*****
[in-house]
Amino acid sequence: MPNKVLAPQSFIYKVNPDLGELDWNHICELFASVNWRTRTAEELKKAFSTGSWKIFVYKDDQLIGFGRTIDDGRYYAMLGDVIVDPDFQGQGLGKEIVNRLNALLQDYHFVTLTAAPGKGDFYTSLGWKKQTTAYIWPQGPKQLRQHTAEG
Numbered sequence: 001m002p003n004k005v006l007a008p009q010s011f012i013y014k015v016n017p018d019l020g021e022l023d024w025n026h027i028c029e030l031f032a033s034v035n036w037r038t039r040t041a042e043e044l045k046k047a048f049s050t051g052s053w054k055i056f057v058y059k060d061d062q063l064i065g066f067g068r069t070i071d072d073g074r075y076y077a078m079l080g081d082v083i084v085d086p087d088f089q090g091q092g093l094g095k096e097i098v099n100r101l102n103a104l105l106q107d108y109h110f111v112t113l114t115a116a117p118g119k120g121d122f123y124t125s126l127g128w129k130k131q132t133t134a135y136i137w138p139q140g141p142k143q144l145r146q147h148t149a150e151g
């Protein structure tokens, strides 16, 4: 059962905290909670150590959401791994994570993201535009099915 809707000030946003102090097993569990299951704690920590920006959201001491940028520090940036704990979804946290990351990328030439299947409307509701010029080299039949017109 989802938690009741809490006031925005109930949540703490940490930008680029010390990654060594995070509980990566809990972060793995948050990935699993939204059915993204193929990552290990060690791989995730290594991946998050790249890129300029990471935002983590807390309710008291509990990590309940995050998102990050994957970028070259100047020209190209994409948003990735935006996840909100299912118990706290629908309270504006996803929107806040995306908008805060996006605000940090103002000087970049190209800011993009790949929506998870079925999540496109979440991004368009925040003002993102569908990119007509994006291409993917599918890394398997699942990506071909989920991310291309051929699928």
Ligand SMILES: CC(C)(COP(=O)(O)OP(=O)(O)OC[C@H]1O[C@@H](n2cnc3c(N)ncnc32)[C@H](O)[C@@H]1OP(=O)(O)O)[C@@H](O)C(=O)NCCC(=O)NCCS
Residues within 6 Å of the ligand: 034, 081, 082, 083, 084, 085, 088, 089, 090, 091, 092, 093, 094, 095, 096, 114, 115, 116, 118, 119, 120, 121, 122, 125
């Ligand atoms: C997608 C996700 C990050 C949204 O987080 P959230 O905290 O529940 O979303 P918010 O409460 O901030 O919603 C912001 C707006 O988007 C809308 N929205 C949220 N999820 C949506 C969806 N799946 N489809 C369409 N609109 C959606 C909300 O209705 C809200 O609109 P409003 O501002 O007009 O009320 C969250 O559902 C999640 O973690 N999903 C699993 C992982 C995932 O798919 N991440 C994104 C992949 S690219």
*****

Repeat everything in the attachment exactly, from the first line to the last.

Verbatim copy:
[in-house]
Amino acid sequence: MPNKVLAPQSFIYKVNPDLGELDWNHICELFASVNWRTRTAEELKKAFSTGSWKIFVYKDDQLIGFGRTIDDGRYYAMLGDVIVDPDFQGQGLGKEIVNRLNALLQDYHFVTLTAAPGKGDFYTSLGWKKQTTAYIWPQGPKQLRQHTAEG
Numbered sequence: 001m002p003n004k005v006l007a008p009q010s011f012i013y014k015v016n017p018d019l020g021e022l023d024w025n026h027i028c029e030l031f032a033s034v035n036w037r038t039r040t041a042e043e044l045k046k047a048f049s050t051g052s053w054k055i056f057v058y059k060d061d062q063l064i065g066f067g068r069t070i071d072d073g074r075y076y077a078m079l080g081d082v083i084v085d086p087d088f089q090g091q092g093l094g095k096e097i098v099n100r101l102n103a104l105l106q107d108y109h110f111v112t113l114t115a116a117p118g119k120g121d122f123y124t125s126l127g128w129k130k131q132t133t134a135y136i137w138p139q140g141p142k143q144l145r146q147h148t149a150e151g
């Protein structure tokens, strides 16, 4: 059962905290909670150590959401791994994570993201535009099915 809707000030946003102090097993569990299951704690920590920006959201001491940028520090940036704990979804946290990351990328030439299947409307509701010029080299039949017109 989802938690009741809490006031925005109930949540703490940490930008680029010390990654060594995070509980990566809990972060793995948050990935699993939204059915993204193929990552290990060690791989995730290594991946998050790249890129300029990471935002983590807390309710008291509990990590309940995050998102990050994957970028070259100047020209190209994409948003990735935006996840909100299912118990706290629908309270504006996803929107806040995306908008805060996006605000940090103002000087970049190209800011993009790949929506998870079925999540496109979440991004368009925040003002993102569908990119007509994006291409993917599918890394398997699942990506071909989920991310291309051929699928």
Ligand SMILES: CC(C)(COP(=O)(O)OP(=O)(O)OC[C@H]1O[C@@H](n2cnc3c(N)ncnc32)[C@H](O)[C@@H]1OP(=O)(O)O)[C@@H](O)C(=O)NCCC(=O)NCCS
Residues within 6 Å of the ligand: 034, 081, 082, 083, 084, 085, 088, 089, 090, 091, 092, 093, 094, 095, 096, 114, 115, 116, 118, 119, 120, 121, 122, 125
């Ligand atoms: C997608 C996700 C990050 C949204 O987080 P959230 O905290 O529940 O979303 P918010 O409460 O901030 O919603 C912001 C707006 O988007 C809308 N929205 C949220 N999820 C949506 C969806 N799946 N489809 C369409 N609109 C959606 C909300 O209705 C809200 O609109 P409003 O501002 O007009 O009320 C969250 O559902 C999640 O973690 N999903 C699993 C992982 C995932 O798919 N991440 C994104 C992949 S690219």